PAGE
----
Even while there is a general difference between the old and new covenants, and even while they are emphasized somewhat in a parallel fashion in Old and New Testaments, it is also true that they are intermingled and utterly dependant on each other.
It was the old covenant and the “law” that revealed to us our need for the new covenant, which was already promised in the old testament in many places and many ways. Further, as the apostle Paul revealed, the new covenant does not nullify the law (old covenant), even though the new covenant is better than the old. We are incapable of keeping the old covenant, while the new covenant is God’s work in us.
@Mazrocon You mentioned that Jesus visited Native Americans in the past. Can you tell me more about this, as well as the numerous cities where archeology is lacking? Oh, for what purpose would these folks believe Jesus visited Native Americans? What can Native Americans tell us now about Jesus’ visit back then?
Oh, have you ever heard of the Meena community? The Meena community believes they are descended from Manu. The flooding was local at Jalore. Do you know anything about this? I’m curious if the Meena community was known to the American Indians.
(The only thing that matters is faith expressed in love.)
Does this have something, anything to do with God in Christ?
You could also contact the Mormons directly-- LDS.org– and they could send some missionaries to your house to explain their beliefs to you, at no charge. They would be happy to answer your questions. Let us know how it goes!
Nothing wrong with the story. The wrong is with geography. Mesopotamia does not have floods that last 150 days. The timing of the flood was autumn as per Jewish tradition. Iraq flood take place in spring.
I’m not a Mormon. I don’t know any Mormons currently serving missions. You are the one who wants to know all this stuff, so why not contact them yourself?
(The only thing that matters is faith expressed in love.)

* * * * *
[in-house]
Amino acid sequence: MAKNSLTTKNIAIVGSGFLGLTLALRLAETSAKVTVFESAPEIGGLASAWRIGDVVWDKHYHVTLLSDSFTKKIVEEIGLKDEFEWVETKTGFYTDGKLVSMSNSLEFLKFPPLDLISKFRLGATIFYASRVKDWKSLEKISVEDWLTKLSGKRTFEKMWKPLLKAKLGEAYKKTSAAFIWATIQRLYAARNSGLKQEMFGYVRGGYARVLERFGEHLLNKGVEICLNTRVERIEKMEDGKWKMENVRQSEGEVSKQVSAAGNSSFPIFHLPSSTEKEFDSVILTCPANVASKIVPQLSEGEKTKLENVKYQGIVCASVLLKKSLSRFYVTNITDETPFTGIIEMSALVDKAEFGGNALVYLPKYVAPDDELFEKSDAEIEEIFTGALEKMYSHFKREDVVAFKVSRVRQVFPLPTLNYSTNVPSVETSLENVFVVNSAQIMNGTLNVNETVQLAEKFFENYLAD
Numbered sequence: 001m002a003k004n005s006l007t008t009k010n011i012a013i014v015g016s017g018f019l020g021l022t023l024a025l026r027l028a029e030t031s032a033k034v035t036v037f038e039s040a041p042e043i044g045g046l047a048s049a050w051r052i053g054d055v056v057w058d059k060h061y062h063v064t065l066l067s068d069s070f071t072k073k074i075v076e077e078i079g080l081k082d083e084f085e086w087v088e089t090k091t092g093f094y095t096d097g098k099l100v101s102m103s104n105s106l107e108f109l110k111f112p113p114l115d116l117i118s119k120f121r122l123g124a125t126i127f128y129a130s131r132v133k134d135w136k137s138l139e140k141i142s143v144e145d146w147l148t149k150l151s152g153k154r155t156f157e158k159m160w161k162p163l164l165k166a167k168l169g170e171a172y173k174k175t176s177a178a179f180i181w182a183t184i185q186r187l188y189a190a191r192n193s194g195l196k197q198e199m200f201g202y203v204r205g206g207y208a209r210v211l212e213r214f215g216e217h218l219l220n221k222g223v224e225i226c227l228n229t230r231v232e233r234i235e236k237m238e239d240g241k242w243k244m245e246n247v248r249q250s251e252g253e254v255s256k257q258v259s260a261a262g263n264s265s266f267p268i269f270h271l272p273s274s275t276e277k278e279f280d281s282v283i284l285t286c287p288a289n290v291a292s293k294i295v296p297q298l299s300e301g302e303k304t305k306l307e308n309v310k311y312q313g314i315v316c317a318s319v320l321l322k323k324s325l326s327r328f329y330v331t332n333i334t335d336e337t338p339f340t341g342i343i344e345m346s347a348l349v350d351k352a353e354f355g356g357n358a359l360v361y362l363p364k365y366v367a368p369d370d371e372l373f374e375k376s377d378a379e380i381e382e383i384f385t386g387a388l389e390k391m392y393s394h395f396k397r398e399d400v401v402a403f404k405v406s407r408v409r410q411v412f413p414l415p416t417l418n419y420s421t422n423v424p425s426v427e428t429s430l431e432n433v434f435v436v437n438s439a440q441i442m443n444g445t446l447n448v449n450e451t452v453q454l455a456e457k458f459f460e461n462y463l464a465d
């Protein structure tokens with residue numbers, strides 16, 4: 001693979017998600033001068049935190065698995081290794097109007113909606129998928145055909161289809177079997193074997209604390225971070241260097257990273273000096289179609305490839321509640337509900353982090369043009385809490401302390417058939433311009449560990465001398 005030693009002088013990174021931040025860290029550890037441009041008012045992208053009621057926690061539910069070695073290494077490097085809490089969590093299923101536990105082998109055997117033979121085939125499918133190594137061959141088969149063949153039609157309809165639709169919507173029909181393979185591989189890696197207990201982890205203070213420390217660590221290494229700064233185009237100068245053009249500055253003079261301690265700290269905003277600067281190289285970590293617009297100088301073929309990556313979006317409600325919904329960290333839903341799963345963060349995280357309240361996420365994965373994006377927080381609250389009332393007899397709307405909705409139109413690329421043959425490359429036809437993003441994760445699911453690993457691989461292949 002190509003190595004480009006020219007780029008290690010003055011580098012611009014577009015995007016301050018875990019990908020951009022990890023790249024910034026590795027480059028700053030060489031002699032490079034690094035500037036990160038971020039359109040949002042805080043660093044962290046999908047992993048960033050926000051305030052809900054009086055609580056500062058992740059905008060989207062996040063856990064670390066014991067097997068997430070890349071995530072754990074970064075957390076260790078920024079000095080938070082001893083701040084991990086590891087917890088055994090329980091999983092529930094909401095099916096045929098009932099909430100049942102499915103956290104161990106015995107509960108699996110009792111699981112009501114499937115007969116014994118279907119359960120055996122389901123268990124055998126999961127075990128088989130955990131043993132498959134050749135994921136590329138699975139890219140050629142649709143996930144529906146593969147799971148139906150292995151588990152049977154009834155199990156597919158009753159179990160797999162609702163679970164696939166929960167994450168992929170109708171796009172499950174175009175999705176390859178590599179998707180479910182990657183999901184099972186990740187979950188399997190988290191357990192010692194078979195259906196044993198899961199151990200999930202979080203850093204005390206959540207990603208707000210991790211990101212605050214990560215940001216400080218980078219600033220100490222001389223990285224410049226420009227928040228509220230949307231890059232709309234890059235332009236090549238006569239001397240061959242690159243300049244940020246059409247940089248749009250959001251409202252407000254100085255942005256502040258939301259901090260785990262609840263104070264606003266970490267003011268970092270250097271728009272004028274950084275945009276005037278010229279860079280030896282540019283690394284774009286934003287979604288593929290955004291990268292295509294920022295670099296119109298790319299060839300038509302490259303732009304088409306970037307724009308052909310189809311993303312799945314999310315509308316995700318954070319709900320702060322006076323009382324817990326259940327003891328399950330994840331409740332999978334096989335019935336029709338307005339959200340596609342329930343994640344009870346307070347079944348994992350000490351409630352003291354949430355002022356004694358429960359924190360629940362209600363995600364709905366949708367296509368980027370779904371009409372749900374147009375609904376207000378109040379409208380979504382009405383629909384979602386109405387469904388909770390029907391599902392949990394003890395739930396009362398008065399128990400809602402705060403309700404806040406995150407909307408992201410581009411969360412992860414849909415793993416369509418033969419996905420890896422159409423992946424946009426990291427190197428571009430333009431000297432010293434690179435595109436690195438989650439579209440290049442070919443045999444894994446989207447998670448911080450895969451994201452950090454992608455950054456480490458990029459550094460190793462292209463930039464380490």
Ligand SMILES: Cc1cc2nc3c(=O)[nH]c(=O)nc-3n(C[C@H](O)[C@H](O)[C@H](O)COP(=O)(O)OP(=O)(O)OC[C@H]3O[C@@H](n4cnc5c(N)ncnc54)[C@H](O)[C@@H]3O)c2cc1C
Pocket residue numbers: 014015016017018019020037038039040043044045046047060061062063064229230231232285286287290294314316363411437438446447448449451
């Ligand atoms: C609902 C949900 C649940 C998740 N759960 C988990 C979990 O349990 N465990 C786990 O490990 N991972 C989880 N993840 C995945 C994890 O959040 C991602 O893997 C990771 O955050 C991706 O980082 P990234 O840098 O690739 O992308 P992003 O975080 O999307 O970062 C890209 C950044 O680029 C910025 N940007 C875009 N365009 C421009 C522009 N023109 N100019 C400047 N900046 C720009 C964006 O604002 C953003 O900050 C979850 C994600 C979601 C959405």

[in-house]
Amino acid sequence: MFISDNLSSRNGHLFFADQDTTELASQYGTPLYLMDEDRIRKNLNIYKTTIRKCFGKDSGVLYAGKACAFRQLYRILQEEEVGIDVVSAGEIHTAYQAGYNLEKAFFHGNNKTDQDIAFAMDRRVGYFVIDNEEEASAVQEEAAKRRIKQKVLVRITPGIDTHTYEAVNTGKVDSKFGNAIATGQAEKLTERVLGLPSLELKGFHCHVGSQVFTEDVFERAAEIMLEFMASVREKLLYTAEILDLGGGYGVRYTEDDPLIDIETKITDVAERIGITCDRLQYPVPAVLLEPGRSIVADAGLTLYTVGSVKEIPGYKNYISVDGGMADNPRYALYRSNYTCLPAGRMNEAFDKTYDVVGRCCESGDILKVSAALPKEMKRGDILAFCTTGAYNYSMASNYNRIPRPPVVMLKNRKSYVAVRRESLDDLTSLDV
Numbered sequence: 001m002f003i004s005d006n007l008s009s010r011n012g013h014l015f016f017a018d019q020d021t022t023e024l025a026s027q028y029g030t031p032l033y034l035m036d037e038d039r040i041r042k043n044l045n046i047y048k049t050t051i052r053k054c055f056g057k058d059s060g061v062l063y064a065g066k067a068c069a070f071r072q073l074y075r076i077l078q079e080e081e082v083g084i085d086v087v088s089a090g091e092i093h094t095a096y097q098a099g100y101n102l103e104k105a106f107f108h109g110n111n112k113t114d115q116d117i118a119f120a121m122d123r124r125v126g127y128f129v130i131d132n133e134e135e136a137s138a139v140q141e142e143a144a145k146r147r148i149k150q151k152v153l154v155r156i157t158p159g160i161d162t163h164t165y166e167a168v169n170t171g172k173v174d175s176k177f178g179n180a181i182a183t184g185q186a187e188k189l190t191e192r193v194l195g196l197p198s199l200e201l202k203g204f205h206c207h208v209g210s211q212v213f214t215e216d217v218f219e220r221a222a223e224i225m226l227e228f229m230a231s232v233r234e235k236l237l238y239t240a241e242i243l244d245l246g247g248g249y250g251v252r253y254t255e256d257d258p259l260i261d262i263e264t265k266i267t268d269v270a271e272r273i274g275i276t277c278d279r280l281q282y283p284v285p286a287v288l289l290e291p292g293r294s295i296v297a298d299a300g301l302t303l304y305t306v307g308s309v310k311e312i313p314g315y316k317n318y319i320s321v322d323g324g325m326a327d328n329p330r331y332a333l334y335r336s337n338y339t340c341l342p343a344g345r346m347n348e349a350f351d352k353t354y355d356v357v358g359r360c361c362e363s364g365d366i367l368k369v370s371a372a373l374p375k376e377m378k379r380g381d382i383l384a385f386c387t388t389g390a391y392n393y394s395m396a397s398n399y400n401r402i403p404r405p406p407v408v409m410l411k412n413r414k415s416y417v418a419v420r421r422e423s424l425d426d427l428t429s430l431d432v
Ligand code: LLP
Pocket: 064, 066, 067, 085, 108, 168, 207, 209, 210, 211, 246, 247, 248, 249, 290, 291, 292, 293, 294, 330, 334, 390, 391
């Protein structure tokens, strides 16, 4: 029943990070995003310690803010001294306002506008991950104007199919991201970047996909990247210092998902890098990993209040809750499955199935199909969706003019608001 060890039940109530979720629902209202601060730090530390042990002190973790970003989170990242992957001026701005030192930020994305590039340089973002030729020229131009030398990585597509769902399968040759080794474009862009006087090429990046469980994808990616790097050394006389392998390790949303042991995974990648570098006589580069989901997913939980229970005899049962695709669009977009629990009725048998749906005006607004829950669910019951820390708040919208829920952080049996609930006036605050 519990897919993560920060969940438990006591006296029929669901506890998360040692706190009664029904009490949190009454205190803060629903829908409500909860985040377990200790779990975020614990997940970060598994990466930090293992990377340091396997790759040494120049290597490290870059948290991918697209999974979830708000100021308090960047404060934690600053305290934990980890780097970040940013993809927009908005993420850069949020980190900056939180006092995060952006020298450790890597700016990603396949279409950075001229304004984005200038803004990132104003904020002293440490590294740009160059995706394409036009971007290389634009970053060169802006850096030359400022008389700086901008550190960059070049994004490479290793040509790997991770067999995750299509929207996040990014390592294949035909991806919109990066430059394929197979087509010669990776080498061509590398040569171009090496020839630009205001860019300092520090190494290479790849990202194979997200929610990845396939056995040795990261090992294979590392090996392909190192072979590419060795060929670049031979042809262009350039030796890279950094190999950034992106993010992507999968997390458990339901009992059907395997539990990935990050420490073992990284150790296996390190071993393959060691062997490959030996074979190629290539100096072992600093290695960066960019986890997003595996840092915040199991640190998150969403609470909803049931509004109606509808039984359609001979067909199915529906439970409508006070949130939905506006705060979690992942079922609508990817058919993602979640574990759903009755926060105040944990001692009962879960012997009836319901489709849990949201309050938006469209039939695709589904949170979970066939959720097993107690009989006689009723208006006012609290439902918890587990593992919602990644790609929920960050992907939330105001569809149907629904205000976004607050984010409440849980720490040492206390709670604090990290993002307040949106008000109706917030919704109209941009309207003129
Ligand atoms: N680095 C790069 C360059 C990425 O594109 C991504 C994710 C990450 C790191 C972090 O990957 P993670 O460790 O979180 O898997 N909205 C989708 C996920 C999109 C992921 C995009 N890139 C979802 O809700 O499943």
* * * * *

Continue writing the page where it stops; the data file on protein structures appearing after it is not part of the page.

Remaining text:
All we know about God, if anything, is from the Incarnation story, preserved by the Church, and its impact on Paul above all, before the much later gospels.
God incarnated in to Jewish culture. A distinctive, ancient culture with a phenomenal number of divers yet more ancient cultural influences. At the crossroads of the world, the pivot of thousands of years.
Which naturally has nothing whatsoever to do with God. Because the God we see through a glass darkly in Christ, for the first time, is still golden head in the clouds above His Jewish feet of clay.
God as He is, is not the monster of the OT. Or even the NT inseparable from it, except by transcendence. He’s perfect.
A bit of info on paleomagnetism:
The earth’s magnetic field is produced by the movement of molten iron in the outer core. Not surprisingly, a magnet based on fluid moving around is more complex and dynamic than a familiar simple bar magnet. The magnetic poles move around (by over 2000 km since the location of the north magnetic pole was identified in 1831, and recently sped up to about 50 km per year). Although currently the north and south magnetic poles provide the strongest signal, there is actually complex variation place to place around the globe. Also, from time to time, the magnetic field flips, so that compass north needles would point south, and then back again. The sun has a fairly regular cycle of flipping over and back on a roughly 22 year cycle, but the earth’s cycle is rather more irregular and long-term. The exact causes and dynamics are not well-understood, though there has been some progress in modeling the process.